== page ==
Meetings

  • 20-22 April 2021 (online, 1-5p CET): JPIAMR-sponsored workshop entitled “Feeding the Antimicrobial Therapeutics Pipeline.” JPIAMR, the collaborative global effort of 28 countries (much of the EU and also Argentina, Canada, Egypt, Israel, Japan, Korea, South Africa, and Turkey), is organizing a mixture of keynote talks, abstract presentations, and discussion panels designed to encourage collaborative antibiotic R&D. Go here for more details and registration. Abstract deadline is March 17th 2021; no previous JPIAMR funding required.
  • 21-22 April 2021 (online, 9a-5p UK): 2021 BioInfect Conference sponsored by BioNow, the Northern England business support group. Go here to register.
  • 29 April 2021 (online, 5-6.30p CEST): GARDP-sponsored webinar entitled “AMR R&D efforts in the CMC and formulation arena: Do it right the first time!” Go here to register.
  • 10-12 May 2021 (virtual): UK-focused Virtual AMR Innovation Mission sponsored by Innovate UK in collaboration with AMR Insights and Oxford innovation. This free 3-day virtual event seeks to connect AMR-focused start-ups, SMEs and Multinationals, Academia, Research Institutes, Regional Development Companies and other interested stakeholders in the UK, Europe and other parts of the world. It will be followed (COVID-willing!) by a face-to-face mission scheduled for 11-15 Oct 2021. Go here for more details.
  • 13 May 2021 (virtual, 9.30-11.00a EST): CDC-sponsored webinar entitled “AMR in a Changed World: Building Resilient Systems for Today and Tomorrow.” Moderated by CDC’s Michael Craig, an international panel will discuss “where we go from here to address AMR after the COVID-19 pandemic.” Go here to register.
  • 18-21 May 2021 (Albuquerque, New Mexico): Biannual meeting of the MSGERC (Mycoses Study Group Education and Research Consortium). Save-the-date announcement is here, details to follow.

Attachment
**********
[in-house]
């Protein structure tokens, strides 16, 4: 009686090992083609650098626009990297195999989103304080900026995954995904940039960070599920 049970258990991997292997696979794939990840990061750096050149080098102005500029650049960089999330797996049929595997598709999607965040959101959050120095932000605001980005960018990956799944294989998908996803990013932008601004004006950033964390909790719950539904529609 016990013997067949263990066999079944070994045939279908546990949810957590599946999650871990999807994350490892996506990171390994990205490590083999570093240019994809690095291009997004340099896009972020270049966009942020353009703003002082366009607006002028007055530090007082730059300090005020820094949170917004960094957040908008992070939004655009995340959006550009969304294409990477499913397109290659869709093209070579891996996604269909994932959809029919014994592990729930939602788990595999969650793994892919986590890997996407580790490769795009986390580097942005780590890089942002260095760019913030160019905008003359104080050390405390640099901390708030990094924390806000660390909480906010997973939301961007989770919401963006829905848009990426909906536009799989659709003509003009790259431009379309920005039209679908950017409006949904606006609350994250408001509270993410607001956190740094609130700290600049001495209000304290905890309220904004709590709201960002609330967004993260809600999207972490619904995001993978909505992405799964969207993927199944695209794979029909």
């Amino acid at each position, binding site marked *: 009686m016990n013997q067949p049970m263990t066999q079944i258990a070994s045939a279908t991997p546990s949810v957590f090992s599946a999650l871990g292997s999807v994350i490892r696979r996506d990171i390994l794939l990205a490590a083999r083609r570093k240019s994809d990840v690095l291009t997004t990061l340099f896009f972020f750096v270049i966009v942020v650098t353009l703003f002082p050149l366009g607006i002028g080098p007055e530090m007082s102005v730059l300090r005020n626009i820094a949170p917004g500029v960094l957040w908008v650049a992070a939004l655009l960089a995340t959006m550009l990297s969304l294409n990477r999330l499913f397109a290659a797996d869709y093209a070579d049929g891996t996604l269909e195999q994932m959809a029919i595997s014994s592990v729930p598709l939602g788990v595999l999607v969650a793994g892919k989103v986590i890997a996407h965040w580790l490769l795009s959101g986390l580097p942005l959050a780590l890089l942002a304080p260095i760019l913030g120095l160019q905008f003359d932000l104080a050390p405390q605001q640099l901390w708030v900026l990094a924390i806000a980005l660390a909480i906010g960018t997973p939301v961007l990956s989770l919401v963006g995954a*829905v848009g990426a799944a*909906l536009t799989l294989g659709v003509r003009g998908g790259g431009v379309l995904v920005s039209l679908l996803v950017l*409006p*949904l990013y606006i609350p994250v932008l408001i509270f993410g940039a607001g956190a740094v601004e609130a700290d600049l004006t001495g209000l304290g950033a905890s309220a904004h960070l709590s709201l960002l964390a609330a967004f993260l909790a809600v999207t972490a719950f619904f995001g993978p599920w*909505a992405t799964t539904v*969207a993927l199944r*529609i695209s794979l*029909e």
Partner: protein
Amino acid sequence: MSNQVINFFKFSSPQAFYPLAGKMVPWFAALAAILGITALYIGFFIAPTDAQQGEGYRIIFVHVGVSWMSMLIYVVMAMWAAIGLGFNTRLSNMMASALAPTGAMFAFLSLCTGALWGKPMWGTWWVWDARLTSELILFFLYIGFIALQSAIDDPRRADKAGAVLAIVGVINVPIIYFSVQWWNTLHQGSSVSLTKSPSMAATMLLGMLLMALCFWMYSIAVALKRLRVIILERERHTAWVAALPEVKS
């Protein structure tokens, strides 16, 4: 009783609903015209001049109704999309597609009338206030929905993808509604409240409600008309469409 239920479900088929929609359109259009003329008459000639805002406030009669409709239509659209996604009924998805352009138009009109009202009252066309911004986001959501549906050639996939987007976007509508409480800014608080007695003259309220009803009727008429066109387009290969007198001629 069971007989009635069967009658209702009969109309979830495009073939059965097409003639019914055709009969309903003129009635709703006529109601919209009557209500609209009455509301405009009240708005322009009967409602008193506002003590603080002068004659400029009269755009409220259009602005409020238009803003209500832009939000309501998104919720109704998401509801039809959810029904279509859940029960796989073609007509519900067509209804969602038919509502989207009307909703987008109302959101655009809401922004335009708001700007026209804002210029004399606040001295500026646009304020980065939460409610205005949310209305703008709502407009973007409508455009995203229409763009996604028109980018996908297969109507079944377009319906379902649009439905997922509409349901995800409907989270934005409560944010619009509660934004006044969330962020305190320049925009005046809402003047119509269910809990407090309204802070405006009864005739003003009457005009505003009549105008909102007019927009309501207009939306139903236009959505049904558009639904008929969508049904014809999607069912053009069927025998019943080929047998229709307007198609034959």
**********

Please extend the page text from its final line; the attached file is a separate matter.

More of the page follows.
• 24-29 May 2021 (online and in Geneva): ESPID 2021, the 39th Annual Meeting of the European Society for Paediatric Infectious Diseases. Save-the-date announcement is here, details to follow. 
  • 20-24 June 2021 (Toronto): International Symposium on Pneumococci and Pneumococcal Diseases (ISPPD-12). Go here for details.
  • 20-24 Jun 2021 (virtual, various times): World Microbe Forum sponsored by the American Society for Microbiology (ASM) and the Federation of European Microbiological Societies (FEMS). Go here for more details and to register.
  • 27 Jun-2 Jul 2021 (Ventura, CA): Gordon Research Conference entitled “Antimicrobial Peptides”. Go here for details, go here for the linked 26-27 Jun Gordon Research Seminar that precedes it.
  • 9-12 Jul 2021 (Vienna): Annual ECCMID meeting (#31)
  • 26 Jul-30 Jul 2021 (online): Small World Initiative Instructor Training Workshop – training for undergraduate professors in the wet lab techniques, parallel curricula, & pedagogical instruction to engage students in the hunt to find new antibiotic-producing soil microbes. Go here to register.
  • 14-29 Aug 2021 (Marine Biology Laboratory, Woods Hole, MA): Residential course entitled “Molecular Mycology: Current Approaches to Fungal Pathogenesis.” This 2-week intensive training program has run annually for many years and gets outstanding reviews. Go here for details.